Capture long running query in SQL Server

Capture long running query in SQL Server

Capture long running query in SQL Server, finds most resource intensive query/SP and fix it to meet optimal performance is one of the prime responsibility as DBA has to keep up the performance of SQL Server and use the ideal resource available on the server. Database Administrator (DBA) man not be in front of computer 24*7 but it is his duty to capture  all long running processes / query / Stored Procedure to find and fix later on.

There are many way to do this task and out which, I am going to show one of my favorite way to capture long running query.

Note: Before we move further for this article, I would like to update all of you that I have used the view “WhatIsGoingOn” as a base script for this article so if you don’t have that view or you have not read that article, I will highly recommend to read that article, click here to read it.

Once you read the article I recommended in above paragraph, let us continue with this article.

Create table “LongRunningCapture” in your database along with two indexes (one clustered index and one non clustered index). “LongRunningCapture” is going to be huge table once you collect your long running data for few weeks or months so these indexes will help you to select data faster from your table “LongRunningCapture”. Data growth will be depending on how many time you will run the stored procedure we will create and how many long running queries you get based on the criteria you select.

Anyway, have a look at the table along with all its fields and index to create it in your server.

[sourcecode language=”sql”]
CREATE TABLE LongRunningCapture
(
ID INT IDENTITY(1,1)
,ObjectName VARCHAR(100)
,statement_text  VARCHAR(MAX)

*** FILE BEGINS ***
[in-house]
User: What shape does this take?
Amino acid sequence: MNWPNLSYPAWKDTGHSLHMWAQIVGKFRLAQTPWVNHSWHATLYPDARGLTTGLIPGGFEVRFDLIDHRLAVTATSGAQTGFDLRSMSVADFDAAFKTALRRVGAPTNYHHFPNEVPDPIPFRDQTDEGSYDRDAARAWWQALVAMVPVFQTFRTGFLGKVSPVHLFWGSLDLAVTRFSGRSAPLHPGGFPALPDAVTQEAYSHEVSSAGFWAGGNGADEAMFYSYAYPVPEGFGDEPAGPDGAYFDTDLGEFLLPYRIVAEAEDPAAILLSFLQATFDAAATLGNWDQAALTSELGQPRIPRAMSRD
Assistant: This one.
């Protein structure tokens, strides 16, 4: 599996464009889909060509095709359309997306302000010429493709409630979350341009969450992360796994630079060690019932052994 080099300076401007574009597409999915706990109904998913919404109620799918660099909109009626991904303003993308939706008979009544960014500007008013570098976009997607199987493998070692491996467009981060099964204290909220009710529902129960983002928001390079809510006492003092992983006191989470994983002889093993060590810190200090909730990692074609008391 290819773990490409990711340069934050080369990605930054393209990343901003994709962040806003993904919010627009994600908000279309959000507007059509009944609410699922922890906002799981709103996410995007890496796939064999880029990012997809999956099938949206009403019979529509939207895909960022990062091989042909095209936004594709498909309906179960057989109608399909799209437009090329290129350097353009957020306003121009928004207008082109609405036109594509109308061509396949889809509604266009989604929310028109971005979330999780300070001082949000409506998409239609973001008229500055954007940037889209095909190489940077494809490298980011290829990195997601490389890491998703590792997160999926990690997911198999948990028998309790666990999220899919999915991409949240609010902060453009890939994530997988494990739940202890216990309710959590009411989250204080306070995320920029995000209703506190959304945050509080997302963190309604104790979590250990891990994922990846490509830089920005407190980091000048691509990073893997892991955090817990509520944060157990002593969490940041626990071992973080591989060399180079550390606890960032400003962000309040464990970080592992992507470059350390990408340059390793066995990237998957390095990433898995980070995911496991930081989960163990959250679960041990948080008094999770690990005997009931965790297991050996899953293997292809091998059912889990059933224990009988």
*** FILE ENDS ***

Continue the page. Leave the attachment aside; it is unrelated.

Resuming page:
,DatabaseName  VARCHAR(50)
,CPU_Time  INT
,RunningMinutes  INT
,Percent_Complete  INT
,RunningFrom  VARCHAR(100)
,RunningBy  VARCHAR(250)
,SessionID  INT
,BlockingWith  INT
,reads  INT
,writes  INT
,[program_name]  VARCHAR(250)
,login_name  VARCHAR(50)
,status  VARCHAR(25)
,last_request_start_time  DATETIME
,logical_reads  BIGINT
)
GO

CREATE CLUSTERED INDEX IDX_LongRunningCapture_ID ON LongRunningCapture(ID)
GO

CREATE NONCLUSTERED INDEX IDX_LongRunningCapture_last_request_start_time ON LongRunningCapture(last_request_start_time)
GO
[/sourcecode]

Once you will done with creating the table “LongRunningCapture” and index, make sure you have “WhatIsGoingOn” view available. If you don’t have it, create it with following script.

[sourcecode language=”sql”]
CREATE VIEW WhatIsGoingOn
AS
SELECT
OBJECT_NAME(objectid) as ObjectName
,SUBSTRING(stateText.text, (statement_start_offset/2)+1,
((CASE statement_end_offset
WHEN -1 THEN DATALENGTH(stateText.text)
ELSE statement_end_offset
END – statement_start_offset)/2) + 1) AS statement_text
,DB_Name(database_id) as DatabaseName
,req.cpu_time AS CPU_Time
,DATEDIFF(minute, last_request_start_time, getdate()) AS RunningMinutes
,req.Percent_Complete
,sess.HOST_NAME as RunningFrom
,LEFT(CLIENT_INTERFACE_NAME, 25) AS RunningBy
,sess.session_id AS SessionID
,req.blocking_session_id AS BlockingWith
,req.reads
,req.writes
,sess.[program_name]
,sess.login_name
,sess.status
,sess.last_request_start_time
,req.logical_reads

FROM
sys.dm_exec_requests req
INNER JOIN sys.dm_exec_sessions sess ON sess.session_id = req.session_id
AND sess.is_user_process = 1
CROSS APPLY
sys.dm_exec_sql_text(sql_handle) AS stateText
[/sourcecode]

Once you have “LongRunningCapture” table and “WhatIsGoingOn” view ready with you, please create stored procedure given in following TSQL snippet.

[sourcecode language=”sql”]CREATE PROC SPGet_LongRunning
AS
IF OBJECT_ID(‘tempdb..#CaptureLongProcessWithObjectName’) IS NOT NULL
DROP TABLE #CaptureLongProcessWithObjectName

–Capturing All long running operations in Temp table
SELECT
ObjectName
,statement_text
,DatabaseName
,CPU_Time
,RunningMinutes
,Percent_Complete
,RunningFrom
,RunningBy
,SessionID
,BlockingWith
,reads
,writes
,[program_name]
,login_name
,status
,last_request_start_time
,logical_reads
INTO
#CaptureLongProcessWithObjectName
FROM
WhatIsGoingOn
WHERE
–want to capture each query/SP which is taking more than 1 min.
–you can increase limit as per your need
RunningMinutes>1

–Please note that full/differential/log backup may take more time
–if you wish, you can exclude it by filtering either by ObjectName
–or by Statement_Text as per your need

–separating record in two temp table
–based on with and without ObjectName
IF OBJECT_ID(‘tempdb..#CaptureLongProcessWithoutObjectName’) IS NOT NULL
DROP TABLE #CaptureLongProcessWithoutObjectName

SELECT
*
INTO
#CaptureLongProcessWithoutObjectName
FROM
#CaptureLongProcessWithObjectName